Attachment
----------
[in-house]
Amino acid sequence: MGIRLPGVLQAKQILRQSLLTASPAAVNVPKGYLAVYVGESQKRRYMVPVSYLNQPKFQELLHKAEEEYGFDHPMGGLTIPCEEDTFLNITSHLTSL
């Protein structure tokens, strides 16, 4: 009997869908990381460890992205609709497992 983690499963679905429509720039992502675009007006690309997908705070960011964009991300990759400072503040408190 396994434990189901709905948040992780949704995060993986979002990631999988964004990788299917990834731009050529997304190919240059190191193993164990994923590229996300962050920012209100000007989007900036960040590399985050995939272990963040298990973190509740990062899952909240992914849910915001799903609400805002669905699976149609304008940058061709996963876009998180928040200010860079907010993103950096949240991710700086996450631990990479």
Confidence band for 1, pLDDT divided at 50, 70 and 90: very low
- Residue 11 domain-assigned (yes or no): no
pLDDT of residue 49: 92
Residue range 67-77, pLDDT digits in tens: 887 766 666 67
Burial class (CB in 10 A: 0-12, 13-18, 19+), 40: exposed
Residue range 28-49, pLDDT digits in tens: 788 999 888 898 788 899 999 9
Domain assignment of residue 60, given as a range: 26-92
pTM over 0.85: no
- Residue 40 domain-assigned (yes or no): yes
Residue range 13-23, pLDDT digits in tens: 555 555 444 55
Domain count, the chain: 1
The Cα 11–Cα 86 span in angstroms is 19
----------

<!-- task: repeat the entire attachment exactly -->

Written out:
[in-house]
Amino acid sequence: MGIRLPGVLQAKQILRQSLLTASPAAVNVPKGYLAVYVGESQKRRYMVPVSYLNQPKFQELLHKAEEEYGFDHPMGGLTIPCEEDTFLNITSHLTSL
């Protein structure tokens, strides 16, 4: 009997869908990381460890992205609709497992 983690499963679905429509720039992502675009007006690309997908705070960011964009991300990759400072503040408190 396994434990189901709905948040992780949704995060993986979002990631999988964004990788299917990834731009050529997304190919240059190191193993164990994923590229996300962050920012209100000007989007900036960040590399985050995939272990963040298990973190509740990062899952909240992914849910915001799903609400805002669905699976149609304008940058061709996963876009998180928040200010860079907010993103950096949240991710700086996450631990990479």
Confidence band for 1, pLDDT divided at 50, 70 and 90: very low
- Residue 11 domain-assigned (yes or no): no
pLDDT of residue 49: 92
Residue range 67-77, pLDDT digits in tens: 887 766 666 67
Burial class (CB in 10 A: 0-12, 13-18, 19+), 40: exposed
Residue range 28-49, pLDDT digits in tens: 788 999 888 898 788 899 999 9
Domain assignment of residue 60, given as a range: 26-92
pTM over 0.85: no
- Residue 40 domain-assigned (yes or no): yes
Residue range 13-23, pLDDT digits in tens: 555 555 444 55
Domain count, the chain: 1
The Cα 11–Cα 86 span in angstroms is 19